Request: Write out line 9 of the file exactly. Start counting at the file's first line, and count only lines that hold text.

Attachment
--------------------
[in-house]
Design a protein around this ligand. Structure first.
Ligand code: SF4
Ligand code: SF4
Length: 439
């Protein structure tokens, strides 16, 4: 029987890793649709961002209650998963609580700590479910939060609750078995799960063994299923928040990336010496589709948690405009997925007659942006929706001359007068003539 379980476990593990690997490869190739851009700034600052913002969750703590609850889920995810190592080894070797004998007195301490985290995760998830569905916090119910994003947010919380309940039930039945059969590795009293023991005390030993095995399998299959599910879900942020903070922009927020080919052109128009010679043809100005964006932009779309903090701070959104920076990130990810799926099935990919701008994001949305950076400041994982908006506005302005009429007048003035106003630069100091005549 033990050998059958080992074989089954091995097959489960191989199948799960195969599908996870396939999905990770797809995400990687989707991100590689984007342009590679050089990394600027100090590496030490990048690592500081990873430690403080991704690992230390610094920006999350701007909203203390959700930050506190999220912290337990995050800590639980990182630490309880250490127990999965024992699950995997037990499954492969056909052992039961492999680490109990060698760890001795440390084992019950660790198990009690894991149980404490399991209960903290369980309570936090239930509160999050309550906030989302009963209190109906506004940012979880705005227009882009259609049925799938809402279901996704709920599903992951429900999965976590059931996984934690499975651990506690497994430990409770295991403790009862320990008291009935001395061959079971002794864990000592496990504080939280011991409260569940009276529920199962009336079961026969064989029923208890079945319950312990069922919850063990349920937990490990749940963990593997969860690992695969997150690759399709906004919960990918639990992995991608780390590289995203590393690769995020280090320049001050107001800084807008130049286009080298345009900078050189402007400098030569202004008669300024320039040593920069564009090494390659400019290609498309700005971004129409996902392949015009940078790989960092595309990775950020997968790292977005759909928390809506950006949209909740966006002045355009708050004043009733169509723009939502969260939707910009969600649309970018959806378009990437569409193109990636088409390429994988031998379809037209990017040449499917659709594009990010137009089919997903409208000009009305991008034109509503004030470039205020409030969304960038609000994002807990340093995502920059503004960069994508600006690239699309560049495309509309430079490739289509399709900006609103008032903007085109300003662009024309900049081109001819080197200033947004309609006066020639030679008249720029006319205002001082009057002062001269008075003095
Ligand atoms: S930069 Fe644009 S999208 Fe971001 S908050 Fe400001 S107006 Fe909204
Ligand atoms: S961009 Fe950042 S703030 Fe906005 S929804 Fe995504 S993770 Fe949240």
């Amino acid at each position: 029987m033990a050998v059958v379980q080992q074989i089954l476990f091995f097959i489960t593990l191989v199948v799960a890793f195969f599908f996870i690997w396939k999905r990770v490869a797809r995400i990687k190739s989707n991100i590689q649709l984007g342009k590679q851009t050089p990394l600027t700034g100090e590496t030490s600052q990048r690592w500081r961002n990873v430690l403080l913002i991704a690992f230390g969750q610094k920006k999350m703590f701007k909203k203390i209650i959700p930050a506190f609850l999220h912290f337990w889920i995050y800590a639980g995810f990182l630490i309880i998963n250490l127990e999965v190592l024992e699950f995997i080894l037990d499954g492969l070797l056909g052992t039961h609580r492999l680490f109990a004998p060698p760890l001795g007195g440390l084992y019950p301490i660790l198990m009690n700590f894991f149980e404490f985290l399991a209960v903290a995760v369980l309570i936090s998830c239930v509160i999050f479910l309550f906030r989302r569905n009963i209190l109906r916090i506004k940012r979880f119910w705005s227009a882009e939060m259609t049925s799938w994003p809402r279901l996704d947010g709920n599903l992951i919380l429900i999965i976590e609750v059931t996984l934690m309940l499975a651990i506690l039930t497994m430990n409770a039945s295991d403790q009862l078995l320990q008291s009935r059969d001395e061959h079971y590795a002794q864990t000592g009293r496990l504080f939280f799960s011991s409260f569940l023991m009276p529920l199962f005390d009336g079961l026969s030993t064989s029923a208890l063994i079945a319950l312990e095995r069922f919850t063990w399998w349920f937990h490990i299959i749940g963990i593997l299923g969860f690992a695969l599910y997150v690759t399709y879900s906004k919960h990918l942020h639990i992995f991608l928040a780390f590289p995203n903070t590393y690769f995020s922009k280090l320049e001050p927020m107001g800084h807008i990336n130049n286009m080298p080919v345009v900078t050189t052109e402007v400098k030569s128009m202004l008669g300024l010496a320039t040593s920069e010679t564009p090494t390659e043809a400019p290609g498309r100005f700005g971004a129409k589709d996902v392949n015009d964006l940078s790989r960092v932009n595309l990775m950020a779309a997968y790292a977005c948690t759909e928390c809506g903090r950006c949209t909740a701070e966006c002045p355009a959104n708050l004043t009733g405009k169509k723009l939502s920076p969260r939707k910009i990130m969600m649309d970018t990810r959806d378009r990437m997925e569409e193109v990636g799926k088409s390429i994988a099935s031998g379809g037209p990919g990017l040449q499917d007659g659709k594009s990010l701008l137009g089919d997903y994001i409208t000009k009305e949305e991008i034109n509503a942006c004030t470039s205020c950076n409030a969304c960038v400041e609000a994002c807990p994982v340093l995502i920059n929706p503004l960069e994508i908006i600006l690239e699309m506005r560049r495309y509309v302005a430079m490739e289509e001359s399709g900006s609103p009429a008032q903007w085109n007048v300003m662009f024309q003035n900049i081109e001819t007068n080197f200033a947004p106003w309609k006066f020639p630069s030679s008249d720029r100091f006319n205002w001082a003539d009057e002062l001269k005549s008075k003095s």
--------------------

């Amino acid at each position: 029987m033990a050998v059958v379980q080992q074989i089954l476990f091995f097959i489960t593990l191989v199948v799960a890793f195969f599908f996870i690997w396939k999905r990770v490869a797809r995400i990687k190739s989707n991100i590689q649709l984007g342009k590679q851009t050089p990394l600027t700034g100090e590496t030490s600052q990048r690592w500081r961002n990873v430690l403080l913002i991704a690992f230390g969750q610094k920006k999350m703590f701007k909203k203390i209650i959700p930050a506190f609850l999220h912290f337990w889920i995050y800590a639980g995810f990182l630490i309880i998963n250490l127990e999965v190592l024992e699950f995997i080894l037990d499954g492969l070797l056909g052992t039961h609580r492999l680490f109990a004998p060698p760890l001795g007195g440390l084992y019950p301490i660790l198990m009690n700590f894991f149980e404490f985290l399991a209960v903290a995760v369980l309570i936090s998830c239930v509160i999050f479910l309550f906030r989302r569905n009963i209190l109906r916090i506004k940012r979880f119910w705005s227009a882009e939060m259609t049925s799938w994003p809402r279901l996704d947010g709920n599903l992951i919380l429900i999965i976590e609750v059931t996984l934690m309940l499975a651990i506690l039930t497994m430990n409770a039945s295991d403790q009862l078995l320990q008291s009935r059969d001395e061959h079971y590795a002794q864990t000592g009293r496990l504080f939280f799960s011991s409260f569940l023991m009276p529920l199962f005390d009336g079961l026969s030993t064989s029923a208890l063994i079945a319950l312990e095995r069922f919850t063990w399998w349920f937990h490990i299959i749940g963990i593997l299923g969860f690992a695969l599910y997150v690759t399709y879900s906004k919960h990918l942020h639990i992995f991608l928040a780390f590289p995203n903070t590393y690769f995020s922009k280090l320049e001050p927020m107001g800084h807008i990336n130049n286009m080298p080919v345009v900078t050189t052109e402007v400098k030569s128009m202004l008669g300024l010496a320039t040593s920069e010679t564009p090494t390659e043809a400019p290609g498309r100005f700005g971004a129409k589709d996902v392949n015009d964006l940078s790989r960092v932009n595309l990775m950020a779309a997968y790292a977005c948690t759909e928390c809506g903090r950006c949209t909740a701070e966006c002045p355009a959104n708050l004043t009733g405009k169509k723009l939502s920076p969260r939707k910009i990130m969600m649309d970018t990810r959806d378009r990437m997925e569409e193109v990636g799926k088409s390429i994988a099935s031998g379809g037209p990919g990017l040449q499917d007659g659709k594009s990010l701008l137009g089919d997903y994001i409208t000009k009305e949305e991008i034109n509503a942006c004030t470039s205020c950076n409030a969304c960038v400041e609000a994002c807990p994982v340093l995502i920059n929706p503004l960069e994508i908006i600006l690239e699309m506005r560049r495309y509309v302005a430079m490739e289509e001359s399709g900006s609103p009429a008032q903007w085109n007048v300003m662009f024309q003035n900049i081109e001819t007068n080197f200033a947004p106003w309609k006066f020639p630069s030679s008249d720029r100091f006319n205002w001082a003539d009057e002062l001269k005549s008075k003095s």